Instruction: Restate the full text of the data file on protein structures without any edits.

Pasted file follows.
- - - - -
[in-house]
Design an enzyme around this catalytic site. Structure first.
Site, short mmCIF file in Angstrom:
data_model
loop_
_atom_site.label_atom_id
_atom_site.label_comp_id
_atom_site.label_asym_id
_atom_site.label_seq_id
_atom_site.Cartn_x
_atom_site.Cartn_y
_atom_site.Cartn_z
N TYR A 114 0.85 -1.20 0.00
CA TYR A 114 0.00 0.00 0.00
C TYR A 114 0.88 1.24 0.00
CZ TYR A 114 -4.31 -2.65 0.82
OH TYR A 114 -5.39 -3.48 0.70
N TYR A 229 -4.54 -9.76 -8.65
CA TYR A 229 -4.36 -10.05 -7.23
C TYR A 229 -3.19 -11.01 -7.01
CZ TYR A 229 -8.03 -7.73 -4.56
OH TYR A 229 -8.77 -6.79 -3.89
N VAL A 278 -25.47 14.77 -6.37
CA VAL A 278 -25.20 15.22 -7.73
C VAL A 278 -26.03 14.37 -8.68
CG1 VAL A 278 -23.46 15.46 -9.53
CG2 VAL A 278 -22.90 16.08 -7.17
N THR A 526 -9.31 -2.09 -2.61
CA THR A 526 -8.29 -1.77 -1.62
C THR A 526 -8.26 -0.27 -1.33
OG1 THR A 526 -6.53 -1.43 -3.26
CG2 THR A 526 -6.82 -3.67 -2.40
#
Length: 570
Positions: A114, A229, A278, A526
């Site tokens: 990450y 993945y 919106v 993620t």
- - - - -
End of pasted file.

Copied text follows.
[in-house]
Design an enzyme around this catalytic site. Structure first.
Site, short mmCIF file in Angstrom:
data_model
loop_
_atom_site.label_atom_id
_atom_site.label_comp_id
_atom_site.label_asym_id
_atom_site.label_seq_id
_atom_site.Cartn_x
_atom_site.Cartn_y
_atom_site.Cartn_z
N TYR A 114 0.85 -1.20 0.00
CA TYR A 114 0.00 0.00 0.00
C TYR A 114 0.88 1.24 0.00
CZ TYR A 114 -4.31 -2.65 0.82
OH TYR A 114 -5.39 -3.48 0.70
N TYR A 229 -4.54 -9.76 -8.65
CA TYR A 229 -4.36 -10.05 -7.23
C TYR A 229 -3.19 -11.01 -7.01
CZ TYR A 229 -8.03 -7.73 -4.56
OH TYR A 229 -8.77 -6.79 -3.89
N VAL A 278 -25.47 14.77 -6.37
CA VAL A 278 -25.20 15.22 -7.73
C VAL A 278 -26.03 14.37 -8.68
CG1 VAL A 278 -23.46 15.46 -9.53
CG2 VAL A 278 -22.90 16.08 -7.17
N THR A 526 -9.31 -2.09 -2.61
CA THR A 526 -8.29 -1.77 -1.62
C THR A 526 -8.26 -0.27 -1.33
OG1 THR A 526 -6.53 -1.43 -3.26
CG2 THR A 526 -6.82 -3.67 -2.40
#
Length: 570
Positions: A114, A229, A278, A526
């Site tokens: 990450y 993945y 919106v 993620t």